Monitor, Motivate and Manage with Dairy Performance Navigator
Anne Davison, Dairy Consultant Manager, Genex
Monitor, motivate and manage are three words that come to mind when I think about the Dairy Performance Navigator℠ (DPN) and important aspects of dairy farms in the 21st century. I am a member of the Genex U.S. Technical SErvices team working as a Regional Account Specialist in the northeast U.S., and DPN is a powerful Web-based program that allows me to take herd information and translate it into powerful profit metrics and trends.
Those metrics and trends allow producers to monitor their dairy's performance over time as well as compare to a benchmark of herds similar in size or in the same region. Seeing where the dairy excels and where there is opportunity for improvement can be very motivating. In turn, this understanding can enable you to get a better handle on the management of important aspects of herd profitability such as: herd inventory, reproduction, production, culling, milk quality, etc.
I want to show you how I use DPN to bring knowledge and power to producers. DPN is a program meant to collect data over time. Just like most everything in life, the more you put into it, the more you can get out of it. From an accuracy point of view, I like to have a download or back up of herd management information to put into DPN at least once a month for every herd using the program.
Before meeting with a producer and/or the herd management team, I analyze the dairy's data within DPN. The DPN dashboard provides a quick overview of herd trends on easy-to read graphs. Figures 1 through 4 are examples of graphs from the dashboard.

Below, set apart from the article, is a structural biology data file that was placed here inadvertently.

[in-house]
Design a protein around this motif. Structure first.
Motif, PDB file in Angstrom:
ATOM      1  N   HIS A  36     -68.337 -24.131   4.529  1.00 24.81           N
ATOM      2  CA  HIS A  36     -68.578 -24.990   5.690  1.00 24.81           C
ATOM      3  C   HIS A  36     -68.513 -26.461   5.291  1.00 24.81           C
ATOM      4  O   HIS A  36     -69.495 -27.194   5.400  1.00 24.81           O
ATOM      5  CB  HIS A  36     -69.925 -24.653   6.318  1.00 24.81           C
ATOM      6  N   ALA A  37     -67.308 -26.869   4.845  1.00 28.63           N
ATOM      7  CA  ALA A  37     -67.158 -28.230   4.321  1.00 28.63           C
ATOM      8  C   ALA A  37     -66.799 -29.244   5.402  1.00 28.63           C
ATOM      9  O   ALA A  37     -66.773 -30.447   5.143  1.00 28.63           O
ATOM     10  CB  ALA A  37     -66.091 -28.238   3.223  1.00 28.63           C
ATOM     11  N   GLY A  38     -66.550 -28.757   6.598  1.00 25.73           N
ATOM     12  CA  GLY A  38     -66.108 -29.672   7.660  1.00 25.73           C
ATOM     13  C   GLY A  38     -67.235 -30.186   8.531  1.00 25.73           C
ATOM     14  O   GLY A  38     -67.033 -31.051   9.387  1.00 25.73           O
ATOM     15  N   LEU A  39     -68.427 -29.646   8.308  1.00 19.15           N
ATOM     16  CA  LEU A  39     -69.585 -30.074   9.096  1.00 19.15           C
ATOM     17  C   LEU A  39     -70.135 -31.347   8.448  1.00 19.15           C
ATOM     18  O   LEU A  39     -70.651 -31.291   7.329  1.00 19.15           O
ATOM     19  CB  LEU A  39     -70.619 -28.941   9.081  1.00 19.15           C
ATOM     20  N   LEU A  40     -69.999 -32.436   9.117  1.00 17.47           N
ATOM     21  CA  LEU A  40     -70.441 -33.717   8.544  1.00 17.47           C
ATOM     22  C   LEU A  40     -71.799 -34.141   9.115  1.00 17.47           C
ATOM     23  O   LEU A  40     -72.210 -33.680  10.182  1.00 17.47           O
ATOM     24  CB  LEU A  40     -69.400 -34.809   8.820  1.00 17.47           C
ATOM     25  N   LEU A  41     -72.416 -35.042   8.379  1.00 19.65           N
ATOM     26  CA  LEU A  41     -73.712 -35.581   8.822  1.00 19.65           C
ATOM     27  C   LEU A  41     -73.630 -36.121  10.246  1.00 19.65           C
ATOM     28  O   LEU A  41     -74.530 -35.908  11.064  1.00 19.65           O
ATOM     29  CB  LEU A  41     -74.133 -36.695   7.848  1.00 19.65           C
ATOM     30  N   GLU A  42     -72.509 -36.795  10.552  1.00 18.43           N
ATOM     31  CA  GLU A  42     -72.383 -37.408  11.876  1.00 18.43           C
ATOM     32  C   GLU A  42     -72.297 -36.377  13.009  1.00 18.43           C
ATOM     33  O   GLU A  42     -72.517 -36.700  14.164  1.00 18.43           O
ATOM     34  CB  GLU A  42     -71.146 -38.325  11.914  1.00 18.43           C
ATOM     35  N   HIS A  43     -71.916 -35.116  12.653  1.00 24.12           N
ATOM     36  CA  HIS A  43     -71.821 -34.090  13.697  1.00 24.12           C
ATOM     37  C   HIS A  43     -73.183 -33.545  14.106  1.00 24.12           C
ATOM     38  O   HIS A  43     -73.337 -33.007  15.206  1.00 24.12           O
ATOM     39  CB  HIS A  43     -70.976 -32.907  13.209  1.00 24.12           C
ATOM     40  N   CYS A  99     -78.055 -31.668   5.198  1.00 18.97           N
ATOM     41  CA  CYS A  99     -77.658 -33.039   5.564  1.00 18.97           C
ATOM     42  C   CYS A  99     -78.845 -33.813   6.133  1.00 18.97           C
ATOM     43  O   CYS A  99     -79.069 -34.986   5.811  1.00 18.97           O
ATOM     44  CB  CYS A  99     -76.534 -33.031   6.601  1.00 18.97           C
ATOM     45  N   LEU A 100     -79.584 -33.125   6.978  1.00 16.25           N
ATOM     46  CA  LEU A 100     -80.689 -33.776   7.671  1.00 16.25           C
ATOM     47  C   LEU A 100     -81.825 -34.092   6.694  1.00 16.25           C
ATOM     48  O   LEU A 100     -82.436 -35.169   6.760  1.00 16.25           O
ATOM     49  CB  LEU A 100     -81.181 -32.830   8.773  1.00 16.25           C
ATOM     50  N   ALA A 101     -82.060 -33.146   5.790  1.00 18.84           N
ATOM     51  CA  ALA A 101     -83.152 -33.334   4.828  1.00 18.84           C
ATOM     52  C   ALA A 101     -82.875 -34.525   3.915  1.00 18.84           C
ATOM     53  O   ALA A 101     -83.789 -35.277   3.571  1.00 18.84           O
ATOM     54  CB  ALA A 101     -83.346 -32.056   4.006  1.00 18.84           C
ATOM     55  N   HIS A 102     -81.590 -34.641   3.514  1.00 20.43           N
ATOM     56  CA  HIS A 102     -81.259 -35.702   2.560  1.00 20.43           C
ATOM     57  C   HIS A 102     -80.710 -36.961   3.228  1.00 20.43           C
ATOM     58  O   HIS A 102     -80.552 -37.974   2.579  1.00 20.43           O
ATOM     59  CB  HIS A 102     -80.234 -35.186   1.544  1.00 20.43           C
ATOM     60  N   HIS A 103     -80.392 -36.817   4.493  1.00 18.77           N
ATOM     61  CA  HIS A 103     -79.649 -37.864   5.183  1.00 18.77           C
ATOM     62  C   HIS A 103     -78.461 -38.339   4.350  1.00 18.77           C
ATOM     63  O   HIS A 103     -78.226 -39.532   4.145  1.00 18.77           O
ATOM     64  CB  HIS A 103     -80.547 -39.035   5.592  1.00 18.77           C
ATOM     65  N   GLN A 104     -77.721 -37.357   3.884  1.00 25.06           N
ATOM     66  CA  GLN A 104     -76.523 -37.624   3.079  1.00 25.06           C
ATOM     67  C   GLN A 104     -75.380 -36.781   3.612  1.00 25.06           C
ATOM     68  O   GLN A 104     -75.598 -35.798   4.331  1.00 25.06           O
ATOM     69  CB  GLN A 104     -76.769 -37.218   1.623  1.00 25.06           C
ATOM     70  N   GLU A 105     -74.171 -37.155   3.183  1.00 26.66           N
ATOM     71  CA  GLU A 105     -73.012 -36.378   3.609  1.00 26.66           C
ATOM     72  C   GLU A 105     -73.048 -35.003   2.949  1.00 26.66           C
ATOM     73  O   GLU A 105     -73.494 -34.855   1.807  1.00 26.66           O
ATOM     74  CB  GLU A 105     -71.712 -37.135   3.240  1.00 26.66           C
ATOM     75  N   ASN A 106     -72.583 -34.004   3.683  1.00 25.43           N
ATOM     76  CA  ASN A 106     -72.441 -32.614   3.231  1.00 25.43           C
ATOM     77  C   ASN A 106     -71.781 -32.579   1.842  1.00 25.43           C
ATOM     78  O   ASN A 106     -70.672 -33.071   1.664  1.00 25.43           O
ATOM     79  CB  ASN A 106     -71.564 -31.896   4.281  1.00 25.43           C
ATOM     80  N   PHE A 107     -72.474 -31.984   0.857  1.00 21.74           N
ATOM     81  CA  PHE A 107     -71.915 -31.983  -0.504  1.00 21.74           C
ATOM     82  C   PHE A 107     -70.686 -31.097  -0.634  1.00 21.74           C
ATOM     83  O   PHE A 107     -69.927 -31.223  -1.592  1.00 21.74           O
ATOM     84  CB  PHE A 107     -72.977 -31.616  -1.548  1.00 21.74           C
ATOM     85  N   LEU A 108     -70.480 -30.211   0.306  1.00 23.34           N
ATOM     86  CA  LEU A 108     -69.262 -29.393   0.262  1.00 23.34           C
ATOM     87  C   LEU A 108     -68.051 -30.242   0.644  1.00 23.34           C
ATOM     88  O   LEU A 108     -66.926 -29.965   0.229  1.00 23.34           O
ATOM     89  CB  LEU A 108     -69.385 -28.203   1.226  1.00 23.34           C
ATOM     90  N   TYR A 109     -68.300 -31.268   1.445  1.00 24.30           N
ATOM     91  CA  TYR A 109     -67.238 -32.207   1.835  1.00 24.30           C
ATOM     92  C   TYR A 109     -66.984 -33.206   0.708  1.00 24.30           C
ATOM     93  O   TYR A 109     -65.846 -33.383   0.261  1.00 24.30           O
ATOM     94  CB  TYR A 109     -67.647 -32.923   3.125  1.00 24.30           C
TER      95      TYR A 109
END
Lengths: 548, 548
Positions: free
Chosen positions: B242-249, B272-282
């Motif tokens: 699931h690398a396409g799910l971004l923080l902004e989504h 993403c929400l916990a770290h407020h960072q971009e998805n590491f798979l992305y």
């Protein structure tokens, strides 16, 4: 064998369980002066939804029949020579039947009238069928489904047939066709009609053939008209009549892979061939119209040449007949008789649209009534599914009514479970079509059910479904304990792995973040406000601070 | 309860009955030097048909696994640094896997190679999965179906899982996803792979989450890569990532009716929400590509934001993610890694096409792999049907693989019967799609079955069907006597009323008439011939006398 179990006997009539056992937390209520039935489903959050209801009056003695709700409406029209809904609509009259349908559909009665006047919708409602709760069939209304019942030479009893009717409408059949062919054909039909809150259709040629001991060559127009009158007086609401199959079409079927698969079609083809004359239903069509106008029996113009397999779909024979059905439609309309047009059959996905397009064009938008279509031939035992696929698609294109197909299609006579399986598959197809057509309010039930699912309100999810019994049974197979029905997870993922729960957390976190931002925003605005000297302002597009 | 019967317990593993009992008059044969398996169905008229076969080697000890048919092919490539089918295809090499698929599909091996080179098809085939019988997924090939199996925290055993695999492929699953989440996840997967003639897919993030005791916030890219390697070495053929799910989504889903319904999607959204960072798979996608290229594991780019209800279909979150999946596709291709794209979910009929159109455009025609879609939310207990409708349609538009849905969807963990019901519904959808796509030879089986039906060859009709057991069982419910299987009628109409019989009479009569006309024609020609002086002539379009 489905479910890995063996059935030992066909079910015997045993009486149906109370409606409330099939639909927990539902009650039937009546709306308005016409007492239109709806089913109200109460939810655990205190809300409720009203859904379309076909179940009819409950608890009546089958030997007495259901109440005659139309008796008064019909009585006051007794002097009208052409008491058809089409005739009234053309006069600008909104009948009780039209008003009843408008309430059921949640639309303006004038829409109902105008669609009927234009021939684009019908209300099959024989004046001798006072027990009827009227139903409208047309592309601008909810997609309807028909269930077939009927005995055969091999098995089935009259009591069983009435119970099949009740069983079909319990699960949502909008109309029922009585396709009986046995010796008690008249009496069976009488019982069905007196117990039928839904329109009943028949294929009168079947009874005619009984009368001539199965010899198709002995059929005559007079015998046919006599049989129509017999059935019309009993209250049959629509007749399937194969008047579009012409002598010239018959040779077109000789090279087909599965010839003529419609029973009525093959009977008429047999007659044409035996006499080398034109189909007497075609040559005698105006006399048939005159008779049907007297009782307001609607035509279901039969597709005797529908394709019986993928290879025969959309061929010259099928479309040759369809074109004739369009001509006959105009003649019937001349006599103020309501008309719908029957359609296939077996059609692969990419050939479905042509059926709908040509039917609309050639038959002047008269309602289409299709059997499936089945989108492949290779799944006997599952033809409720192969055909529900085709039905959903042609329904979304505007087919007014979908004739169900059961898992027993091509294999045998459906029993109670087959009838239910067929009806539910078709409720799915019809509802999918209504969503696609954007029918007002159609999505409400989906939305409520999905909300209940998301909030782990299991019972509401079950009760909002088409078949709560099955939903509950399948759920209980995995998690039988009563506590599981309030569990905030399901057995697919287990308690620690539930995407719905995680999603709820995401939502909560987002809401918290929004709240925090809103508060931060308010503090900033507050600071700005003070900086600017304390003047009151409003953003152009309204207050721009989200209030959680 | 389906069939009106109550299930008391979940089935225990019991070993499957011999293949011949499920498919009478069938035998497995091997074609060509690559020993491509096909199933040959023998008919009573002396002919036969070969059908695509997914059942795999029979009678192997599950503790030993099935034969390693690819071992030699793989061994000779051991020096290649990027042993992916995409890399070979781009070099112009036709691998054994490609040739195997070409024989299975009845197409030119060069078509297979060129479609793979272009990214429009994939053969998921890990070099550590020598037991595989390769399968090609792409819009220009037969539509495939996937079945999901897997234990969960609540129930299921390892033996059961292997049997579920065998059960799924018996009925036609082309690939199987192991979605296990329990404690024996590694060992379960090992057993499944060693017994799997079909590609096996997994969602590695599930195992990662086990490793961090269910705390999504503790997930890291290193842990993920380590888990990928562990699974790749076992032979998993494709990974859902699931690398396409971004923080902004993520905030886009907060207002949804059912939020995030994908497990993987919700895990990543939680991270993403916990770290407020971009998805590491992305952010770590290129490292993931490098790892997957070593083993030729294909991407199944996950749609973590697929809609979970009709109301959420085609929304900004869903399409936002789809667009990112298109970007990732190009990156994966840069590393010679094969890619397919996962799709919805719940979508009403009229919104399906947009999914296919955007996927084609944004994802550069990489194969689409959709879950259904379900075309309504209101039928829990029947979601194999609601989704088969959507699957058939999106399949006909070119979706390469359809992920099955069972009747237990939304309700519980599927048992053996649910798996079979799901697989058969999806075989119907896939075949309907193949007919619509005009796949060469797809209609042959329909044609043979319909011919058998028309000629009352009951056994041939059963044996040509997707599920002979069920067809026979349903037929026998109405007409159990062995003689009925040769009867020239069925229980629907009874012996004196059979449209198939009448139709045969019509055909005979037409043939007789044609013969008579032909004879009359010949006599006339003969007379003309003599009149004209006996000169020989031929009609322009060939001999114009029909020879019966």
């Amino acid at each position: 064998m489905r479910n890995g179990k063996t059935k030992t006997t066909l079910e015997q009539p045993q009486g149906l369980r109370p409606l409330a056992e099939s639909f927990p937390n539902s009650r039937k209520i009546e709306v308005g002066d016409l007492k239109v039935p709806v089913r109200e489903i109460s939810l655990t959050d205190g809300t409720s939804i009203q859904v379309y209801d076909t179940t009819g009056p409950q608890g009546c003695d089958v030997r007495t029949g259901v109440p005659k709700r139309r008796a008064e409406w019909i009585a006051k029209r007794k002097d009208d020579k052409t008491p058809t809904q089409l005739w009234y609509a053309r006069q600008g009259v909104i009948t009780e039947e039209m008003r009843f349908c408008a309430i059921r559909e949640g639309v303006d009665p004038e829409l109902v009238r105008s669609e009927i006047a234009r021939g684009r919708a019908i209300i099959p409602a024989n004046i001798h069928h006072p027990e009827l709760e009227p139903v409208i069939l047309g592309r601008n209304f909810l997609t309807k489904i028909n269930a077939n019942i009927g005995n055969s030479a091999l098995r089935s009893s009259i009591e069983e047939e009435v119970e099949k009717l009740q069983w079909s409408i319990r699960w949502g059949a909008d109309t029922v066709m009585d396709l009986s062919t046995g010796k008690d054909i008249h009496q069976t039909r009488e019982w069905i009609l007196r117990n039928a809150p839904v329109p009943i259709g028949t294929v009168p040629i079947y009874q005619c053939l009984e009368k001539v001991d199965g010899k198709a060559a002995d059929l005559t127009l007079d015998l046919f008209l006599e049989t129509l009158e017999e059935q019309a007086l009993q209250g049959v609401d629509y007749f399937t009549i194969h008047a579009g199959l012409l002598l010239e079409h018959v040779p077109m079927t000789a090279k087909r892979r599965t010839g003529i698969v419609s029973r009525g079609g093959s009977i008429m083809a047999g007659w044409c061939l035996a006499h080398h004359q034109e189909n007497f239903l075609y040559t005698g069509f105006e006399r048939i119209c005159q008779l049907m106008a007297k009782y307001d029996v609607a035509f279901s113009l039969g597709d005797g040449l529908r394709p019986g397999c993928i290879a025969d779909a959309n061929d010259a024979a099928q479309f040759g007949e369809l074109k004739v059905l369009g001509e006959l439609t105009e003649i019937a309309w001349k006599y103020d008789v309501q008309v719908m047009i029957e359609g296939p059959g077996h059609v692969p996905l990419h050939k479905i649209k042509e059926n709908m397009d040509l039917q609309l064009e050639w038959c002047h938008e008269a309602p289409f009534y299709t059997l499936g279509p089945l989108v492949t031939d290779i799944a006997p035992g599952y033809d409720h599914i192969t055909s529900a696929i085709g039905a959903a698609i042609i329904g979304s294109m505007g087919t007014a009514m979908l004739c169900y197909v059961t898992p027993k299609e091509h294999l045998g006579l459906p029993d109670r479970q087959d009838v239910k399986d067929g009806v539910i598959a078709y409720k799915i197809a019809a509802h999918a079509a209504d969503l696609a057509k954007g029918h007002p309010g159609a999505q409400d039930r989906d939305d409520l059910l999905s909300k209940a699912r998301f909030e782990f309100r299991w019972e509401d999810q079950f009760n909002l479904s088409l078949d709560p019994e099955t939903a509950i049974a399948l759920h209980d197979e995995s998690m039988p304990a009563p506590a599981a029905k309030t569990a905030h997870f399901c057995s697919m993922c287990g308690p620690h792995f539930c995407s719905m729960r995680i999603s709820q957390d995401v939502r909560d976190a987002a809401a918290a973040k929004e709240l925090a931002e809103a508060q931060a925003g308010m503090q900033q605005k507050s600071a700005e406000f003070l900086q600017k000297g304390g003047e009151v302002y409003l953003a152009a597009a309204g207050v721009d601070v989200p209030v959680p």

Figure 1. Herd Inventory: Cow and heifer numbers have stayed fairly consistent. There was a slight decrease in replacements starting in August. That decrease opens up a question as to why.
Figure 2. Pregnancy Rate by Lactation: All lactations had a decrease in pregnancy rate from August through October. They are now back on the rise in November. The pregnancy rate decline was most likely due to summer heat.
Figure 3. Average Production: Milk production averages increased from April to July. Averages then decreased from 99 lbs per cow to 85 lbs per cow in October. The average is now back to 90 lbs. This leads to further investigation and discussion on what changed within that time period.
Figure 4. Heifer Pregnancy Rate and Conception Rate by Month: The heifer pregnancy rate and conception rate increased in July. For the past several months they have leveled out, decreasing only slightly from peak rates.
As you can see, the dashboard provides a quick glimpse into what has changed in a herd over time. It obviously also brings up a lot of questions. To help find some of those answers, one has to dig deeper into the program and the data it provides. Each topic area - herd inventory, cow reproduction, culling, production, milk quality and so on - includes much more in-depth data points. In this example, I provide a further look into the cow reproduction and production information.